Network File Services
This is actually the main reason I set out to build this
thing. Sometimes I like to work on stuff out in the front yard,
sometimes I'm working on stuff at my desktop, sometimes I like to work
on stuff or need a file when I'm not even in town. That's where network
file servers come in. There are two popular ways to share files, the Network File System and Server Message Block, the former being easy to
setup on Unix and a pain to setup on Windows, the latter being easy to
setup on Windows and a pain to setup on Unix. Since I have both, I
decided to go with both.
Setting up Windows File Sharing
At this point I went ahead and loaded up the 120 or so
data I had on my desktop and notebook's hard discs to
/home/server/FILE_SHARE via FTP. Since most of the computers I will be
accessing this data from are Windows machines, I now had to setup Samba
- a program which allows you to setup Windows style CIFS file shares on
Unix. Since Samba comes with a great web-based configuration tool which
isn't installed with the binary package, I went ahead and compiled it
from the ports collection. Just be sure to select the "Enable SWAT"
option in the configuration menu that pops up. Add the line samba_enable="YES"
to /etc/rc.conf, then run service samba start
Swat listens on port 901, so to configure it just go to
server's address:901 in your web browser. Login as root. In my case I
just needed to setup sharing of home driectories, which involves
clicking on the GLOBALS tab, entering the workgroup, server string and
NetBIOS name and changing Security to SERVER. Windows uses the NetBIOS
name to locate the server, so type that into windows explorer to test
On a multi-interface machine, it's a good idea to set the interface variable on the Globals
page to the IP and netmask of your internal network card (like
10.0.0.1/8), which prevents SMB requests being served to the internet.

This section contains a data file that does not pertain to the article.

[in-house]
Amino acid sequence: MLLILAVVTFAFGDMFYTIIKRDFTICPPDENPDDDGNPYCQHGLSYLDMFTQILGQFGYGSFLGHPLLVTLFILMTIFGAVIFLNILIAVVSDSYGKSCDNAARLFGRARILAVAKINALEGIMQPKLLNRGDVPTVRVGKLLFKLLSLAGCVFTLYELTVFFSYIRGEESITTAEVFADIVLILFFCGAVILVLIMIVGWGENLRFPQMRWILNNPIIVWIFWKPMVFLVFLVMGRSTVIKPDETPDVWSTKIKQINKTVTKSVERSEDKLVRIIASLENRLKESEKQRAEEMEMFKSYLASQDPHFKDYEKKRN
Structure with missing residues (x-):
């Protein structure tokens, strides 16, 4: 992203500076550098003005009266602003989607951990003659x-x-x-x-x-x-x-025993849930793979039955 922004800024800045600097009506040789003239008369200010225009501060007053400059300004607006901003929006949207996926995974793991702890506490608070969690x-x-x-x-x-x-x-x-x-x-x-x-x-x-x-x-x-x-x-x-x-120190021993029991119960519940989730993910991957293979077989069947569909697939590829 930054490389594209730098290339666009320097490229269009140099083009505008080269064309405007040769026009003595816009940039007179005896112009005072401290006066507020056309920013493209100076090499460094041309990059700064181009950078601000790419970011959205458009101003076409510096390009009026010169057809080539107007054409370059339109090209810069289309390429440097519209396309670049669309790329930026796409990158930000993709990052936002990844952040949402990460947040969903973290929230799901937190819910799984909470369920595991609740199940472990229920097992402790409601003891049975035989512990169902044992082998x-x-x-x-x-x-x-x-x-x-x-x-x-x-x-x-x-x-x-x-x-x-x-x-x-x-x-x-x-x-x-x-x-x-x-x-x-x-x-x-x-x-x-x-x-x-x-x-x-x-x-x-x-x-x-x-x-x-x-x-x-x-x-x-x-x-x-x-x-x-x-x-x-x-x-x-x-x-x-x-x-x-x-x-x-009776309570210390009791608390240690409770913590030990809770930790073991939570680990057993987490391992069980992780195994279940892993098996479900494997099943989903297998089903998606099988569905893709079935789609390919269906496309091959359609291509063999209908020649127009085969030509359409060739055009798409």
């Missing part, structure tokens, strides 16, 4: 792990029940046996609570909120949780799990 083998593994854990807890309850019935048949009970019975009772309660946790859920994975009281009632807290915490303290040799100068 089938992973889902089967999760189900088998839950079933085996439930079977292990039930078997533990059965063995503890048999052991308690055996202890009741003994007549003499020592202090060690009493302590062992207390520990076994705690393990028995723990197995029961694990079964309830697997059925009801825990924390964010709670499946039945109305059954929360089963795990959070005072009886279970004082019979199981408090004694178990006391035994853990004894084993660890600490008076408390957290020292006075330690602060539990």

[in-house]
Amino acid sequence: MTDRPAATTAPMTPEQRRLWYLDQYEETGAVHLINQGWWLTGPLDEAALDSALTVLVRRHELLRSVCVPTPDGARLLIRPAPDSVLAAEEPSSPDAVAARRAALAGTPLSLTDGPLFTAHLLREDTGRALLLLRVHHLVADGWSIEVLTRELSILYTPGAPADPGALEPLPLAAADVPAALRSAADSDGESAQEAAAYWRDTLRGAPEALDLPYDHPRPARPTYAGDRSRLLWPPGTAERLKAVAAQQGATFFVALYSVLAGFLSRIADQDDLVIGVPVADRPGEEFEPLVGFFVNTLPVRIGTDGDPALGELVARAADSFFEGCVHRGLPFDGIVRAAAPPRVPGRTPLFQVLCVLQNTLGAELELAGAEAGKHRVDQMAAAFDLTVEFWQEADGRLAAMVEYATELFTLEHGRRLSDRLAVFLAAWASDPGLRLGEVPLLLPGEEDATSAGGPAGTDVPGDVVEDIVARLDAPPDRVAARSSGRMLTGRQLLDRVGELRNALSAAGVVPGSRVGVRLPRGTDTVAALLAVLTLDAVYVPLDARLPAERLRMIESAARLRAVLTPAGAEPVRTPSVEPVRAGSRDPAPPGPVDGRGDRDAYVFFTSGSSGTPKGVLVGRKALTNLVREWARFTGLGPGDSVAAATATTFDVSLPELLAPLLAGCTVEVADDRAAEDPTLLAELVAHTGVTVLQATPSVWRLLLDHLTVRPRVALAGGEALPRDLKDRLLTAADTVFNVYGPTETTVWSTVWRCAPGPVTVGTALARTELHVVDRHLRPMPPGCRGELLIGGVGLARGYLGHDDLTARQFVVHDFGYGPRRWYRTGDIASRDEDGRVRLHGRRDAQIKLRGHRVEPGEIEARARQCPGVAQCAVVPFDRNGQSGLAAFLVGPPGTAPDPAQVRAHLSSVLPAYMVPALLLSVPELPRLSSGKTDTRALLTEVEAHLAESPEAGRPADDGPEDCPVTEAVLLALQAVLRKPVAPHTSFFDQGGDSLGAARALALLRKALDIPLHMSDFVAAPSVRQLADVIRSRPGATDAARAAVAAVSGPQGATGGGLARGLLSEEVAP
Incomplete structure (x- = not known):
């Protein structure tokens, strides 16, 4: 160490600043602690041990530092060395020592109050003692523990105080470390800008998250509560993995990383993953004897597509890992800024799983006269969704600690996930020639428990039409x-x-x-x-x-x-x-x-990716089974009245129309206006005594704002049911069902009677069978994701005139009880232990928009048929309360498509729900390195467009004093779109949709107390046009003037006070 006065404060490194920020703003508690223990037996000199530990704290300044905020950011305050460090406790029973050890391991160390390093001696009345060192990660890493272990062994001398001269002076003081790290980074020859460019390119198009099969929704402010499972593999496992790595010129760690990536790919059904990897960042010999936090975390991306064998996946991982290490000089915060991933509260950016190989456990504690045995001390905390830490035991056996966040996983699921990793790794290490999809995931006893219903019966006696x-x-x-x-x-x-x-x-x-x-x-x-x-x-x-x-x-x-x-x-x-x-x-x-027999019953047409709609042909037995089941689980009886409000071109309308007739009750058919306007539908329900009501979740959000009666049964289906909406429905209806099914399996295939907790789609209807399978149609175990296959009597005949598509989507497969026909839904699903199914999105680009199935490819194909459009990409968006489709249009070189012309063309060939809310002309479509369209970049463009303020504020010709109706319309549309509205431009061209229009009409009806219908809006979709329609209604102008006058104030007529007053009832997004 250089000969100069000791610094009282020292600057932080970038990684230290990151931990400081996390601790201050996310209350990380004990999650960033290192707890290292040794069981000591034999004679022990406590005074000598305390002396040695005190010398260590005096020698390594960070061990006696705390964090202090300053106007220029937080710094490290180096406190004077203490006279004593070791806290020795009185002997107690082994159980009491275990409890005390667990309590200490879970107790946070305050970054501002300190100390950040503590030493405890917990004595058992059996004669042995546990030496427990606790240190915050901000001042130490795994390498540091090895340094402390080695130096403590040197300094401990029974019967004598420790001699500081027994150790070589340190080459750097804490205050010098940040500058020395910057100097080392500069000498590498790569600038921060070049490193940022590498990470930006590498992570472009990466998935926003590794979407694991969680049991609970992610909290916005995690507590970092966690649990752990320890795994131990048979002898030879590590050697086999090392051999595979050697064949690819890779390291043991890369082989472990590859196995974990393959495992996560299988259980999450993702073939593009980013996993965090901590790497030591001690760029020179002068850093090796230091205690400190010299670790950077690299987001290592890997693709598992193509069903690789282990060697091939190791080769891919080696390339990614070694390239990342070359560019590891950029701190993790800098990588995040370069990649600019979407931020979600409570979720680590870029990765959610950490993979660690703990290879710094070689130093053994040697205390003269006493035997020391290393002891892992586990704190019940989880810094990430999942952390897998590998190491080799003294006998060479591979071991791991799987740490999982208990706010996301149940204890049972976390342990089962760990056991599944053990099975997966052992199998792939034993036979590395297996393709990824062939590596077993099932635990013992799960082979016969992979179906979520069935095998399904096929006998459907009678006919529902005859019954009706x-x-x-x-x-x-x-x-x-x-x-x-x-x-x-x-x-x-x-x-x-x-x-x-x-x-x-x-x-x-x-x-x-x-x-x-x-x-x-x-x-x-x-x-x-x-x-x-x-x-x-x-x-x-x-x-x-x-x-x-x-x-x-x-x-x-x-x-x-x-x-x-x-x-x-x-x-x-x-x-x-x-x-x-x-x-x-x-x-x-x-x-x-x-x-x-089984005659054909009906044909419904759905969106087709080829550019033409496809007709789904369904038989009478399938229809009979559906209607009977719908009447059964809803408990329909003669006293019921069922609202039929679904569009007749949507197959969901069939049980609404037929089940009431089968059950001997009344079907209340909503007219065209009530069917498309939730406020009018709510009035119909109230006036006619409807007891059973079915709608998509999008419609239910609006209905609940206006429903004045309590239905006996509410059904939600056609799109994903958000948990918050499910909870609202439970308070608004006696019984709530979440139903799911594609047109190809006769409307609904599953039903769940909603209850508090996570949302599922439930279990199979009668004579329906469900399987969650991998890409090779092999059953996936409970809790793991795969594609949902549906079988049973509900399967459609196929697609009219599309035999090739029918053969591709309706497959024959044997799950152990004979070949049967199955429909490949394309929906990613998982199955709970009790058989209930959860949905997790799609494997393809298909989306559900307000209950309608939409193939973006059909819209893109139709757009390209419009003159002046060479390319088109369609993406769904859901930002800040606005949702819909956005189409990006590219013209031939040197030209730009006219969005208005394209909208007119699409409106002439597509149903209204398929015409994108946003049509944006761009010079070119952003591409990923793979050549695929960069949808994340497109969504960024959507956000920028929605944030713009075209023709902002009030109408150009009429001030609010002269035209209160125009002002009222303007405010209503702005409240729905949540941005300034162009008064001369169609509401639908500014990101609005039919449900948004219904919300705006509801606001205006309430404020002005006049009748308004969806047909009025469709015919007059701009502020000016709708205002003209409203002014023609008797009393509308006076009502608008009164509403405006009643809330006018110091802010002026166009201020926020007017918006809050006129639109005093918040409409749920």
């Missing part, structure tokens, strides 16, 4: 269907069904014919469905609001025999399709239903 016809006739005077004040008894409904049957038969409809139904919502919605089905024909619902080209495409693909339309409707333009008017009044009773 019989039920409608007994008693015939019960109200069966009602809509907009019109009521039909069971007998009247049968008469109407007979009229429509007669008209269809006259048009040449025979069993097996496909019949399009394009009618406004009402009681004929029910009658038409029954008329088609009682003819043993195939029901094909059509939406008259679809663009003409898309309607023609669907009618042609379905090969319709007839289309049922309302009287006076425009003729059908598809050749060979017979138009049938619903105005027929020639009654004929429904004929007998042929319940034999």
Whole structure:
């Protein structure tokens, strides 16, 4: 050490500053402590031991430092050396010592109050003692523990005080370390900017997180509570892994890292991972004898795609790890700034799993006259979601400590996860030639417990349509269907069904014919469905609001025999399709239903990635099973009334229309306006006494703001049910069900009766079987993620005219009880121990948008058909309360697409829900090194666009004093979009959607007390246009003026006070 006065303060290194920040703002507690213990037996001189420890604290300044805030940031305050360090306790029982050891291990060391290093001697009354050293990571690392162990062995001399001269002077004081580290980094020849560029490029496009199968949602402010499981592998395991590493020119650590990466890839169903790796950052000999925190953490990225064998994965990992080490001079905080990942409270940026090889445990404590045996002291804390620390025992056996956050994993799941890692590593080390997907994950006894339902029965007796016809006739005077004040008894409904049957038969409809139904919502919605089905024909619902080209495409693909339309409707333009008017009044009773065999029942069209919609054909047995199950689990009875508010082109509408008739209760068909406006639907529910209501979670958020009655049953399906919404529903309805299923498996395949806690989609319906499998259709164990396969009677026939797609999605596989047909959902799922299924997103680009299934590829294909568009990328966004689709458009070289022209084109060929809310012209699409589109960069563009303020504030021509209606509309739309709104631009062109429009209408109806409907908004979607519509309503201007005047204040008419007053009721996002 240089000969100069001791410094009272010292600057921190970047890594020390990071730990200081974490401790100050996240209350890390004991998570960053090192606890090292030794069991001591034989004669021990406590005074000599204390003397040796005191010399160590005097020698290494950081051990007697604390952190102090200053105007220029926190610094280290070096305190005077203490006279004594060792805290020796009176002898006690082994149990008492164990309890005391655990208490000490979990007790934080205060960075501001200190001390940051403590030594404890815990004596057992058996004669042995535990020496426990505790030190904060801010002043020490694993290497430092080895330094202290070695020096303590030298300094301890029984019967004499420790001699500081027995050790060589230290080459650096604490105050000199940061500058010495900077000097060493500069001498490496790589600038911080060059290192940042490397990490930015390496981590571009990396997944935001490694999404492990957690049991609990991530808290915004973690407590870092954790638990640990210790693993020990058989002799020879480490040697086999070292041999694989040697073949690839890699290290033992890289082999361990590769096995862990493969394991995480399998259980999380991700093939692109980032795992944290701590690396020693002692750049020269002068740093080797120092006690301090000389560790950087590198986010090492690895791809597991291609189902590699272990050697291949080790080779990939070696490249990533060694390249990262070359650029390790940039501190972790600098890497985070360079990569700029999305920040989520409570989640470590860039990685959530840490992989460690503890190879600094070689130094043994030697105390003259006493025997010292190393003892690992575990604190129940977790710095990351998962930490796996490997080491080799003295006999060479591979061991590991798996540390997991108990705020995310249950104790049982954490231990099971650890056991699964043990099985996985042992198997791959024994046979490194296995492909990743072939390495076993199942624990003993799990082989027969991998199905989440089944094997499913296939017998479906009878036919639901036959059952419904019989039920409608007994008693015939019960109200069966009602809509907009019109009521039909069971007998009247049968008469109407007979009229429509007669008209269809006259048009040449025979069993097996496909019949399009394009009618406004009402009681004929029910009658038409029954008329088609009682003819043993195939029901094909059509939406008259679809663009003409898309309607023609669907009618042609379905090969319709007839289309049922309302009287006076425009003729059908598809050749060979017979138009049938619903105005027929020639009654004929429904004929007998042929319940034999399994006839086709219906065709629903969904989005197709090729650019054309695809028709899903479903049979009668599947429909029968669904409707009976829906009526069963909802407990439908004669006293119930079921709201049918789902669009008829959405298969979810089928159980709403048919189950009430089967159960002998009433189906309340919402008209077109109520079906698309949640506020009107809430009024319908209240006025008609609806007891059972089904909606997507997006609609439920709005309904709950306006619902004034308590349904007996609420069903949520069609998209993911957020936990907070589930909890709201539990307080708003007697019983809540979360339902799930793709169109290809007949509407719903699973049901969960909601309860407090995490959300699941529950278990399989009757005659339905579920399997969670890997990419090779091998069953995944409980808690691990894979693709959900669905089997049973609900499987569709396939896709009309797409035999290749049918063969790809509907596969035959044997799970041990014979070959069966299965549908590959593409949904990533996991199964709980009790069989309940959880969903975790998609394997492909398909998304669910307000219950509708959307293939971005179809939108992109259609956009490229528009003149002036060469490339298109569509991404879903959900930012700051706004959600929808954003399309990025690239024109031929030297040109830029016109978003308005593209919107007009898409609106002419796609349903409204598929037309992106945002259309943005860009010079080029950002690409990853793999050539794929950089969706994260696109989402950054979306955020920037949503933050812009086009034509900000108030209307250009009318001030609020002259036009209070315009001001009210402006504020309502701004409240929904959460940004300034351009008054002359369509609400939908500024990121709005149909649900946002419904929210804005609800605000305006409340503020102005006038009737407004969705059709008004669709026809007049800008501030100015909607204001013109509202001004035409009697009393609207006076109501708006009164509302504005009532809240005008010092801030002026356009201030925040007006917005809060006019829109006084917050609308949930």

external access to ports 901 and 445 via firewall.
The first time you access the share it asks for a
password. This is the same username and password you would use to login
to the Unix machine under whatever account you want to use for that
purpose, in my case, server. Click on "remember my credentials" and
then map it to a drive letter - in Windows 7 you do that by going to
Computer, clicking on "Map network drive" and then entering the path to
your server, in my case \\MAINFRAME\server\FILE_SHARE
Setting up Unix File Sharing
The best way to share files among Unix machines is via
This is super easy to setup since it's already built in. Add the
following lines to /etc/rc.conf
To setup the file system to be shared, edit
/etc/exports. Here's mine:
-maproot=root -network 10.0.0/8
Which exports the /usr/home filesystem to my local
The client you're exporting the filesystem to needs to have the line nfs_client="YES"
in it's rc.conf as well. The automatic mounter daemon amd can be configured to
automatically mount available NFS shares, or you can just add it to
/etc/fstab like any other file system like so
/mainframe nfs rw,noauto
Since my Reven LXIV desktop
setup with Windows Services for Unix I can also access my files via NFS
from it as well.